After this time Diego returned to Spain, to visit his own church and people, but his promise of returning to labour in France was never fulfilled, for he died in his own country, so that Dominic lost his friend and companion. The missioners dispersed, one to one country, another to another, but Dominic remained at the post where God had placed him, although he was alone. During ten years he preached the faith in the different provinces of France, with very few to help him, bearing for the sake of Christ countless sufferings and sorrows, working miracles amongst the people for whom he laboured, and winning many hearts to the love of God.
But often-times the inhabitants of those places where he stayed, turned against him and threatened his life; still oftener they shouted after him as he passed bare-footed along their streets, throwing dirt at him, and tying straws to his coat and hat, and through all this Dominic went cheerfully about, rejoicing that he was allowed to follow in the footsteps of his Master.
Once the Saint had come to the bank of the river Garonne, when about forty English pilgrims arrived on their way to the shrine of Saint James of Compostella. They took a boat to cross to the other side, but being small it sank with them to the bottom of the river. Dominic was praying at the time in a small church near, and being alarmed by the cries of the sinking crew, he left his devotions, but when he came to the bank of the river not one of the pilgrims could be seen.
Full of faith in the power of God, the holy man knelt in prayer, then rising up, cried:
“I command you in the Name of Christ to come alive and unhurt to the shore.”
Immediately the bodies rose to the surface of the water, and safely reached the bank, praising and thanking God and Saint Dominic.
Many miracles of a similar kind were worked by the Saint, which began to be known and spoken of amongst the people, and helped on the attention which was given to his preaching; but it was his singular holiness of life, his austere rule – and yet his constant cheerfulness – which gained him the most influence over the hearts of others.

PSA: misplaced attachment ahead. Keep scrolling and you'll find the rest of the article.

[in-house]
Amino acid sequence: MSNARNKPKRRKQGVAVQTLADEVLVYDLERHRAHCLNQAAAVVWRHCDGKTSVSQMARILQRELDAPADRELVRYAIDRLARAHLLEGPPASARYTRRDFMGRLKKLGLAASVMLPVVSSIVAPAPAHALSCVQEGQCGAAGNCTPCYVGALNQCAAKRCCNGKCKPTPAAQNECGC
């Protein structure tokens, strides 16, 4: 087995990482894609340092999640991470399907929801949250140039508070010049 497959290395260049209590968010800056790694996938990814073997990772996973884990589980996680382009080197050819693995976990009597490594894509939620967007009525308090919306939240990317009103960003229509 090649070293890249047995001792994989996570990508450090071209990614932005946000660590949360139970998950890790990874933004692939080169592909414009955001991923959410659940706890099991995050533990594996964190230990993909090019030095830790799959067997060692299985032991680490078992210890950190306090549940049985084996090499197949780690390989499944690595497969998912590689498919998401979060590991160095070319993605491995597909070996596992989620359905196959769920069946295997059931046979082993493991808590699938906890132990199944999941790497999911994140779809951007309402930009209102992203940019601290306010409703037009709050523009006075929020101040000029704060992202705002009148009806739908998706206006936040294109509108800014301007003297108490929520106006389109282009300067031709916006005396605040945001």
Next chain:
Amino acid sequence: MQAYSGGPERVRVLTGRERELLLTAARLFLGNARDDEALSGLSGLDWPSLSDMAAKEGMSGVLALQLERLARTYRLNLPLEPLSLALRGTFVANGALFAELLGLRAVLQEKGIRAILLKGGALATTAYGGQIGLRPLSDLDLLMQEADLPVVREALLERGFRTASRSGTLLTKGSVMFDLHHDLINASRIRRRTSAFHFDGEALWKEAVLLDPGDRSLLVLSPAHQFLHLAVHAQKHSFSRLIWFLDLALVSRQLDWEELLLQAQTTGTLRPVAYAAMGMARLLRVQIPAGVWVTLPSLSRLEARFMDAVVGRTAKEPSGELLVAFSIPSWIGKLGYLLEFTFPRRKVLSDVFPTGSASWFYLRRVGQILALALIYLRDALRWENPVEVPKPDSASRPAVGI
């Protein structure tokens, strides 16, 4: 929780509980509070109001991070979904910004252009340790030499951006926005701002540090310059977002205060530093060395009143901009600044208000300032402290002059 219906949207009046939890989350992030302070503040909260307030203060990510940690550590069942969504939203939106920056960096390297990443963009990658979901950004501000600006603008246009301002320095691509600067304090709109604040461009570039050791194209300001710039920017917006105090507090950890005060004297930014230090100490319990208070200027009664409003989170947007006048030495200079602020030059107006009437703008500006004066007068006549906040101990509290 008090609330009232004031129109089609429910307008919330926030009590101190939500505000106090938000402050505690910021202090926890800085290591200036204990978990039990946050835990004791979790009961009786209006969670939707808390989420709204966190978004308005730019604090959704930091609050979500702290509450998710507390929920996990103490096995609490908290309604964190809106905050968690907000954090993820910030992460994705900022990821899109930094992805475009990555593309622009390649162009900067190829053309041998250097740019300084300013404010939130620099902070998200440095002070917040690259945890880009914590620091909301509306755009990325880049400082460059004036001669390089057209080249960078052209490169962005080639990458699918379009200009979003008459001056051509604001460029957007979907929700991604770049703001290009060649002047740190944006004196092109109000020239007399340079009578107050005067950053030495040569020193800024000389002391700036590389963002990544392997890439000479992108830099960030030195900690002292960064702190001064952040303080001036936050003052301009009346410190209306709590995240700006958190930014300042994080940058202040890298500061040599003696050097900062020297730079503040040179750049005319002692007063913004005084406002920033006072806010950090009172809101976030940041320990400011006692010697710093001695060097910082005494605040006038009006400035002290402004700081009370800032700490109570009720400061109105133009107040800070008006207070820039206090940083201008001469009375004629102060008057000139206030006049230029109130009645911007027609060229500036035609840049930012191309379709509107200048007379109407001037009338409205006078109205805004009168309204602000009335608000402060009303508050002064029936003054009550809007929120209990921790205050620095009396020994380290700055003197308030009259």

And yet, in spite of all his labour, Dominic was not succeeding as he desired, so he began to entreat the help of the Blessed Mother of God, that it might be told him in what way he could best destroy the heresy of the people.
Mary herself appeared to her faithful client, and told him to teach the devotion of the Rosary, so Dominic took his stand at the market-place or in the principal streets, drawing men, women, and little children to listen as he put before them this beautiful way of prayer, explaining each mystery in a plain and simple manner. However, for some time Dominic’s work was hindered by the wars which prevailed, but afterwards two rich townsmen of Toulouse gave him a house, where others came to join him in his way of life, and the number gradually increased, keeping a rule of religious discipline.
The Saint travelled to Rome to obtain the Pope’s protection for his little community, and while staying there, he had a vision, in which he saw two men whom the Blessed Virgin was offering to God to stay His anger against the sins of the world. One of the men he saw to be himself, but the other was not known to him; yet the very next morning when he was in the church praying, he saw the stranger of his vision dressed like a beggar, and running to him, Dominic embraced him with tears of joy, asking him to be his friend and join with him in labouring for God. From that time Saint Francis (for he it was) and Saint Dominic had a warm attachment to each other, and each in his own path fulfilled the work assigned to him by God, whilst love to the Lord Jesus Christ bound their hearts together.
When Dominic returned to France he continued to teach and preach in the world. His community was growing quickly, and he ruled them well, sending them out in their turn as apostles amongst men. God was pleased to give many signs of the favour He had towards His servant, by supernatural favours and miracles. Once when some men were engaged at work at the convent, a mason was buried by a mass of earth falling on him, but Saint Dominic ordered him to be dug out whilst he prayed, and when the rubbish was removed, the man rose alive and perfectly unhurt. Not long afterwards, a widow lady went to the church to hear the Saint preach, leaving her only son seriously ill, and on her return home he was dead. Bidding her servants carry after her the lifeless body, she went to Dominic, knelt at his feet, and in silence laid her dead son before him. Her sobs touched the compassionate heart of the holy man. For a few moments he turned aside and ‘prayed, then coming back he made the sign of the cross over the boy, took him by the hand, and gave him back to his mother alive and well.